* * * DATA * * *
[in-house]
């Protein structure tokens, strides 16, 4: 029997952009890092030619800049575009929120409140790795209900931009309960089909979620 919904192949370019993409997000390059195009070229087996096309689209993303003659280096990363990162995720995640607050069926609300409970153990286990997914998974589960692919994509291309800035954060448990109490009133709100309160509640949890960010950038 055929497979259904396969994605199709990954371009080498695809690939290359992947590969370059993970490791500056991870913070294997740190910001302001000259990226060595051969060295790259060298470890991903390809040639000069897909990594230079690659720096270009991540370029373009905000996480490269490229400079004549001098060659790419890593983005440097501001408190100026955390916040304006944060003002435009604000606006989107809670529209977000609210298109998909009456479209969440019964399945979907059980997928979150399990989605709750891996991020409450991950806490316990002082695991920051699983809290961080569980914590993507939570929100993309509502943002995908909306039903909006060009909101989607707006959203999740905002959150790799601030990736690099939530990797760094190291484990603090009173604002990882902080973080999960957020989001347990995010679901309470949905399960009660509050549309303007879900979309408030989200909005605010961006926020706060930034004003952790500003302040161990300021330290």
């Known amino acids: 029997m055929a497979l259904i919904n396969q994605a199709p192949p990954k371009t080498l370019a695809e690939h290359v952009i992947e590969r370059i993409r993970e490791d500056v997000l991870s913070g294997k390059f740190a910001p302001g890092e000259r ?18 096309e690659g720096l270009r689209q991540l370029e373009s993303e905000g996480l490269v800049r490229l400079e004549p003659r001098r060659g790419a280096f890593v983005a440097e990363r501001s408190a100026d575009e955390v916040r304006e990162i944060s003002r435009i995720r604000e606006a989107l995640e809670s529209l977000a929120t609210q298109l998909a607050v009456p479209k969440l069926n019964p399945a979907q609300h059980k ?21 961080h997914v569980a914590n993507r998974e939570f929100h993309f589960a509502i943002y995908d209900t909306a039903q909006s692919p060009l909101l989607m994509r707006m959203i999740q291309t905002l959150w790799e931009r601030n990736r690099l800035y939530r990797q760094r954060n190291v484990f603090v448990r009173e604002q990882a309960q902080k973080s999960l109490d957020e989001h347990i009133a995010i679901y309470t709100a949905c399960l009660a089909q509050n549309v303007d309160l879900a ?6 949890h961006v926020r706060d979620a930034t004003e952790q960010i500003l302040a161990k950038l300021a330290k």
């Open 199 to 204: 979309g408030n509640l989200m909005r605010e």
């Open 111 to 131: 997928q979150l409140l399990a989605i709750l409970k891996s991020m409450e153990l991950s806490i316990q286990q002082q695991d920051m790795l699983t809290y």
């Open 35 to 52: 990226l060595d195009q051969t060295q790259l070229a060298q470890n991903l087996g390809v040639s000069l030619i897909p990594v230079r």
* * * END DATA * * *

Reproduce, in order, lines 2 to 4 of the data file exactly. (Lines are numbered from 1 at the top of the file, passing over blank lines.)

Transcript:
């Protein structure tokens, strides 16, 4: 029997952009890092030619800049575009929120409140790795209900931009309960089909979620 919904192949370019993409997000390059195009070229087996096309689209993303003659280096990363990162995720995640607050069926609300409970153990286990997914998974589960692919994509291309800035954060448990109490009133709100309160509640949890960010950038 055929497979259904396969994605199709990954371009080498695809690939290359992947590969370059993970490791500056991870913070294997740190910001302001000259990226060595051969060295790259060298470890991903390809040639000069897909990594230079690659720096270009991540370029373009905000996480490269490229400079004549001098060659790419890593983005440097501001408190100026955390916040304006944060003002435009604000606006989107809670529209977000609210298109998909009456479209969440019964399945979907059980997928979150399990989605709750891996991020409450991950806490316990002082695991920051699983809290961080569980914590993507939570929100993309509502943002995908909306039903909006060009909101989607707006959203999740905002959150790799601030990736690099939530990797760094190291484990603090009173604002990882902080973080999960957020989001347990995010679901309470949905399960009660509050549309303007879900979309408030989200909005605010961006926020706060930034004003952790500003302040161990300021330290």
């Known amino acids: 029997m055929a497979l259904i919904n396969q994605a199709p192949p990954k371009t080498l370019a695809e690939h290359v952009i992947e590969r370059i993409r993970e490791d500056v997000l991870s913070g294997k390059f740190a910001p302001g890092e000259r ?18 096309e690659g720096l270009r689209q991540l370029e373009s993303e905000g996480l490269v800049r490229l400079e004549p003659r001098r060659g790419a280096f890593v983005a440097e990363r501001s408190a100026d575009e955390v916040r304006e990162i944060s003002r435009i995720r604000e606006a989107l995640e809670s529209l977000a929120t609210q298109l998909a607050v009456p479209k969440l069926n019964p399945a979907q609300h059980k ?21 961080h997914v569980a914590n993507r998974e939570f929100h993309f589960a509502i943002y995908d209900t909306a039903q909006s692919p060009l909101l989607m994509r707006m959203i999740q291309t905002l959150w790799e931009r601030n990736r690099l800035y939530r990797q760094r954060n190291v484990f603090v448990r009173e604002q990882a309960q902080k973080s999960l109490d957020e989001h347990i009133a995010i679901y309470t709100a949905c399960l009660a089909q509050n549309v303007d309160l879900a ?6 949890h961006v926020r706060d979620a930034t004003e952790q960010i500003l302040a161990k950038l300021a330290k």
């Open 199 to 204: 979309g408030n509640l989200m909005r605010e």